The farther data is removed from its owner, the more fragile are the access and security protocols associated with that data. That's why I advocate removable media as the preferred method of secure storage - even in a power outage, providing I have a charge in one of my laptop batteries, I have access to my critical data: do you?

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Quick Tip - Kubuntu Muted System Sounds

If you've installed Kubuntu and find that you have no system sounds, open a terminal and type:


When you've hit the Enter key, the control panel for your sound card will appear in the terminal window.

Make sure that the Master & PCM volume levels are not set to zero by using the left/right arrow keys to select the playback type and the up/down arrow keys to set the levels.

F4 will give you access to the Capture (input) levels and F5 will display both input & output levels. Hitting the Esc key returns you to the command prompt.

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Tuesday, 6 September 2011

Oneiric - On Love & Leaving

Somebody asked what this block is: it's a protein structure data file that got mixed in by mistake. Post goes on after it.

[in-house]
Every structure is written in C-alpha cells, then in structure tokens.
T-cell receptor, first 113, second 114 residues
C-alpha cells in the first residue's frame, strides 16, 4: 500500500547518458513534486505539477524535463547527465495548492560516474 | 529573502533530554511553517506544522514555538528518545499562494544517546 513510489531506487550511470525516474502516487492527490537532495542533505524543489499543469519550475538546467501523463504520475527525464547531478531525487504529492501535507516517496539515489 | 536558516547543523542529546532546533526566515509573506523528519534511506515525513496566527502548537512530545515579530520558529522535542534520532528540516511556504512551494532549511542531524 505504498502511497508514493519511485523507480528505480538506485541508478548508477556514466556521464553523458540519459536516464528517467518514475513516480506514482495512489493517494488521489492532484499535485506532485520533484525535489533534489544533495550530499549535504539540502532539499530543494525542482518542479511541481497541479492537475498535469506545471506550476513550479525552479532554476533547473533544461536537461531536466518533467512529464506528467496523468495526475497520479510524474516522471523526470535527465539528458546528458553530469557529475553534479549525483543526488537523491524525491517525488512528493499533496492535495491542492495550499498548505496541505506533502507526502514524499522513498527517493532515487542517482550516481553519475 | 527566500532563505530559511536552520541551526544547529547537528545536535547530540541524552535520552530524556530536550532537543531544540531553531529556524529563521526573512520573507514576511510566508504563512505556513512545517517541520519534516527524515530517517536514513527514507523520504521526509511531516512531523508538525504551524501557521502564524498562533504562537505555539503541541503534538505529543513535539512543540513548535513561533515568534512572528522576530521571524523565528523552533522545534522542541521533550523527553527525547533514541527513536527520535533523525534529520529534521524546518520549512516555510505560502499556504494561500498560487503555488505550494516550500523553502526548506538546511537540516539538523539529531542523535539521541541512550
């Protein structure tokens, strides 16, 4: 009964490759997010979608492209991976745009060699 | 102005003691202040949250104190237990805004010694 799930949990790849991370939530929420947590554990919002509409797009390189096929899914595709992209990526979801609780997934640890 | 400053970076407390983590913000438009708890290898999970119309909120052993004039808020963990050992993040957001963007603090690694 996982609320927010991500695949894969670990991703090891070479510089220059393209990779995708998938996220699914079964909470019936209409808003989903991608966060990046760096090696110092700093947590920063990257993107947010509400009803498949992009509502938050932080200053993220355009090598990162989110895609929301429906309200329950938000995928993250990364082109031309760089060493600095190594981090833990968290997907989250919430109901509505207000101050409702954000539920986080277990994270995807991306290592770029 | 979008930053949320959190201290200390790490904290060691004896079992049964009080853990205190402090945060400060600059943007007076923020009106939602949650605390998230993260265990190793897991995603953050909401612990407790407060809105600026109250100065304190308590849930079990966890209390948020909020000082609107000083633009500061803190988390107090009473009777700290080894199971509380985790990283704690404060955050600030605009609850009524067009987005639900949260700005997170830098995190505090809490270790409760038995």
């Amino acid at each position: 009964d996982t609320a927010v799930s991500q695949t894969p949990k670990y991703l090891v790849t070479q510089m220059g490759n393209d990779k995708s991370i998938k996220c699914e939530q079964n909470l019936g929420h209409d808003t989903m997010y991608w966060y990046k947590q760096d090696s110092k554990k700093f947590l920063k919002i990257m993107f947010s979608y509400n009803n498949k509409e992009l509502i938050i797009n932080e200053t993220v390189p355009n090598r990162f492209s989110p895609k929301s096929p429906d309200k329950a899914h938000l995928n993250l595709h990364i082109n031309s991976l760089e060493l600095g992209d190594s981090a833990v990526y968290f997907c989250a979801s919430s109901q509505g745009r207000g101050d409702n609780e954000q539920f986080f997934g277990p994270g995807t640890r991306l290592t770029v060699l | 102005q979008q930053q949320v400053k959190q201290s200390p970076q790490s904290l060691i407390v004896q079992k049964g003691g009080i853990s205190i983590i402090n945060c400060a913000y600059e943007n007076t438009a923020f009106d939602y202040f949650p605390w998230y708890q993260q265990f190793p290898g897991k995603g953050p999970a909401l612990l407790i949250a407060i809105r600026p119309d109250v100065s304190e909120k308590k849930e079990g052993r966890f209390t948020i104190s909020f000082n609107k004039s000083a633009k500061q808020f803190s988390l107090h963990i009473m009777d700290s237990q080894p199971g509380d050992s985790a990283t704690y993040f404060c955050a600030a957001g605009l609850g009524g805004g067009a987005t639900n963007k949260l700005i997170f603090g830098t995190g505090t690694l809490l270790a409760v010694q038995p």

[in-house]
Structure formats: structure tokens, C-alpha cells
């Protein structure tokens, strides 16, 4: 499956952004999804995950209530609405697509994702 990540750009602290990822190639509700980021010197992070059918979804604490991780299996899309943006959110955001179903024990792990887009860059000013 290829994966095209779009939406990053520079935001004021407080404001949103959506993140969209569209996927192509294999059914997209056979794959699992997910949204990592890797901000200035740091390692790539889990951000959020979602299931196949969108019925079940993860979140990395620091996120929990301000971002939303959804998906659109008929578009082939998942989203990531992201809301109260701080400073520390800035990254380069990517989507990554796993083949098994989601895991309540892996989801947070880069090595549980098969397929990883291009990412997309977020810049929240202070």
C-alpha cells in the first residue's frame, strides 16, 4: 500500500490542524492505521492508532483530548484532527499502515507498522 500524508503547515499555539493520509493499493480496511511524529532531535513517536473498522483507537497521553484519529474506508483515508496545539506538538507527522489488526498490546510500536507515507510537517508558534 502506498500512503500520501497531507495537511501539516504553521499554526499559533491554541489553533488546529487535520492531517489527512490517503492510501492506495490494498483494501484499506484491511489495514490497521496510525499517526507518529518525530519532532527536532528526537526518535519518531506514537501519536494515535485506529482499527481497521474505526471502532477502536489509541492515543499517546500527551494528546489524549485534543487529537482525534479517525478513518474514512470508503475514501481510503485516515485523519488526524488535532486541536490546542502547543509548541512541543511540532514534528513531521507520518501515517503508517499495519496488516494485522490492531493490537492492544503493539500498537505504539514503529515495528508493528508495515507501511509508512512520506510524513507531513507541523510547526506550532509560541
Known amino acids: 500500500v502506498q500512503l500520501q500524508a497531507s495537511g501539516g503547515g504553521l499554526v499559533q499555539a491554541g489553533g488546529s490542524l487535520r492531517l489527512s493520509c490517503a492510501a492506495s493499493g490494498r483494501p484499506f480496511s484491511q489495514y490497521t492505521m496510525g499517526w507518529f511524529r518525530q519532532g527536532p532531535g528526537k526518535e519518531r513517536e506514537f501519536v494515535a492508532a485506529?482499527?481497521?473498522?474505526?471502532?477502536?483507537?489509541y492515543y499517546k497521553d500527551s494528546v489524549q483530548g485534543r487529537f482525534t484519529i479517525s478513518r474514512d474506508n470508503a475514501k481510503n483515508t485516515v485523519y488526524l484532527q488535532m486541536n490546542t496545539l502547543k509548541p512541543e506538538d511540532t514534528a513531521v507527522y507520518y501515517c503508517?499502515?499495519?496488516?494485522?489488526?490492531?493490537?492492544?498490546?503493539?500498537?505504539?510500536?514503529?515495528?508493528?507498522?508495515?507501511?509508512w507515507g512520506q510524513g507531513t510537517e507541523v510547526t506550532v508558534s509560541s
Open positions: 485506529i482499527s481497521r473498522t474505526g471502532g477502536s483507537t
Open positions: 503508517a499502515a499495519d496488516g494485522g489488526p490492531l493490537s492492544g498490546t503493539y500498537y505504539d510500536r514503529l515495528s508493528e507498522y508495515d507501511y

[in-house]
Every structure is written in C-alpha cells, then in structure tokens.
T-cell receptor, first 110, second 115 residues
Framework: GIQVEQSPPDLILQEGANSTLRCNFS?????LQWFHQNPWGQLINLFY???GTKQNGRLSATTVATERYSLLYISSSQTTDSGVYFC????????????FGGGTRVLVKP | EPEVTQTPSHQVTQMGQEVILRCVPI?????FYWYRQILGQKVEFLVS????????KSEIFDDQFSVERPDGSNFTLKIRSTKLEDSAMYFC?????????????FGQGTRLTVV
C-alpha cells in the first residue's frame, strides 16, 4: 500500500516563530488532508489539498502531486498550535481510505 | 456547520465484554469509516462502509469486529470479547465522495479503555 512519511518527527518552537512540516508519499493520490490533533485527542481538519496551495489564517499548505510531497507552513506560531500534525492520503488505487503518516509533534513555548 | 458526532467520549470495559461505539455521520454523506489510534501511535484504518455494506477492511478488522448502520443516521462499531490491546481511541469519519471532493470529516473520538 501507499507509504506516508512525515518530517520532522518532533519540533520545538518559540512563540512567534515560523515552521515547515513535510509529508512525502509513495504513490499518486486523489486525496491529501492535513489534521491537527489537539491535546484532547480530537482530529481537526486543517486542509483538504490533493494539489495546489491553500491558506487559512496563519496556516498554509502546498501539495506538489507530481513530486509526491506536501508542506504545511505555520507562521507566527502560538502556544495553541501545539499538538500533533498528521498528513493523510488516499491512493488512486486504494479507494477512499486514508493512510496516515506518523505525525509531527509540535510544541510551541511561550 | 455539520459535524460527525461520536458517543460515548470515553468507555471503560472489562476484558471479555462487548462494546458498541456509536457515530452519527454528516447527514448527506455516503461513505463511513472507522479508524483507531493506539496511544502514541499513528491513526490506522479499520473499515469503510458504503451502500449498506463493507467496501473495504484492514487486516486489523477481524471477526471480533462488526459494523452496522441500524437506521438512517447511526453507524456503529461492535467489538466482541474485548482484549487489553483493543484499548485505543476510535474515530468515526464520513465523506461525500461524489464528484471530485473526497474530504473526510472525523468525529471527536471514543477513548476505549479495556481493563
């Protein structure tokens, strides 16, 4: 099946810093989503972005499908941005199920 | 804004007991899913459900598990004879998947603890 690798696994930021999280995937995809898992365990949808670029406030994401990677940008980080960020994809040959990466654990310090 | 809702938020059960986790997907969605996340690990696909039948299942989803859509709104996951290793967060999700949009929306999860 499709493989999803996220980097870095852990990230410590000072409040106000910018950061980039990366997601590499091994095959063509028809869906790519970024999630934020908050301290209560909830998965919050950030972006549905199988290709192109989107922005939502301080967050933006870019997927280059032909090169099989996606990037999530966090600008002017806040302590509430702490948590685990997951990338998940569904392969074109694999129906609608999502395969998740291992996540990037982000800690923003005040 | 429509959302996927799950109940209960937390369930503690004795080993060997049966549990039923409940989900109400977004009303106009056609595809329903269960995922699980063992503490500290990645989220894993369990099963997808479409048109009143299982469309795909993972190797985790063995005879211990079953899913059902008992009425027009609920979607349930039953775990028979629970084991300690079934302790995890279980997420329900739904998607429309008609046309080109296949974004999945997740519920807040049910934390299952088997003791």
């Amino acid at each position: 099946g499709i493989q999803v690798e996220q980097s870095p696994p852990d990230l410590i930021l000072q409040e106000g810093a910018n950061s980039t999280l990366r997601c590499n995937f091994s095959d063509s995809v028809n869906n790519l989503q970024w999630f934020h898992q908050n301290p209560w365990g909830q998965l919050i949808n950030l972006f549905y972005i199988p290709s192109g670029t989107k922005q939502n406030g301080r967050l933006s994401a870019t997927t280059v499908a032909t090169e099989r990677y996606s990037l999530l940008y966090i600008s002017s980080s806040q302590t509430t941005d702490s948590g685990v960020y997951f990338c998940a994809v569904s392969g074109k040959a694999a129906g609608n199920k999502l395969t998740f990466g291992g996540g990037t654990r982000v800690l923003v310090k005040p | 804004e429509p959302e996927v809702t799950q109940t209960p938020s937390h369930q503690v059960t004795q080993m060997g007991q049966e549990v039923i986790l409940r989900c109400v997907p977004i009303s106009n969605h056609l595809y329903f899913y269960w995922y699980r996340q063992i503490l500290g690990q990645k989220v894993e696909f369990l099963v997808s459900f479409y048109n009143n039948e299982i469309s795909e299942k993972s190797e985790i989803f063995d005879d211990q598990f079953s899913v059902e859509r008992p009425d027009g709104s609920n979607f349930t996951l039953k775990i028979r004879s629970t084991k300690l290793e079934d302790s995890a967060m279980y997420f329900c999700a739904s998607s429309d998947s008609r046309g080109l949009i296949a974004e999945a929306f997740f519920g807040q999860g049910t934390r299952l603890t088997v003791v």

The Register's Scott Gilbertson has reviewed Oneiric Ocelot and, whilst Gilbertson is balanced in his appraisal, it's not entirely flattering!

Gilberson concludes:

"The message of 11.10 seems pretty clear: Unity is here and you're either going to love it or leave it. While Unity is clearly improving - and getting faster - it remains a departure from the old GNOME interface that isn't going to please everyone."

It's worth mentioning that 11.10 is still in beta stage, but the fact is that Gilbertson is right and I for one have decided that I really don't like Unity. The problem is that I'm not completely enamoured with GNOME 3 either, so I've been searching for an alternative. At the moment, the favourite candidate to replace my 10.04 setup is the KDE desktop: however, I'm not even sure that it will by running on an Ubuntu OS!

OpenSUSE is about to be installed on the Inspiron 1501.

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Monday, 5 September 2011

Just How Much?

So, just how much does the British Government spend on software?

The answer is...

...It doesn't know!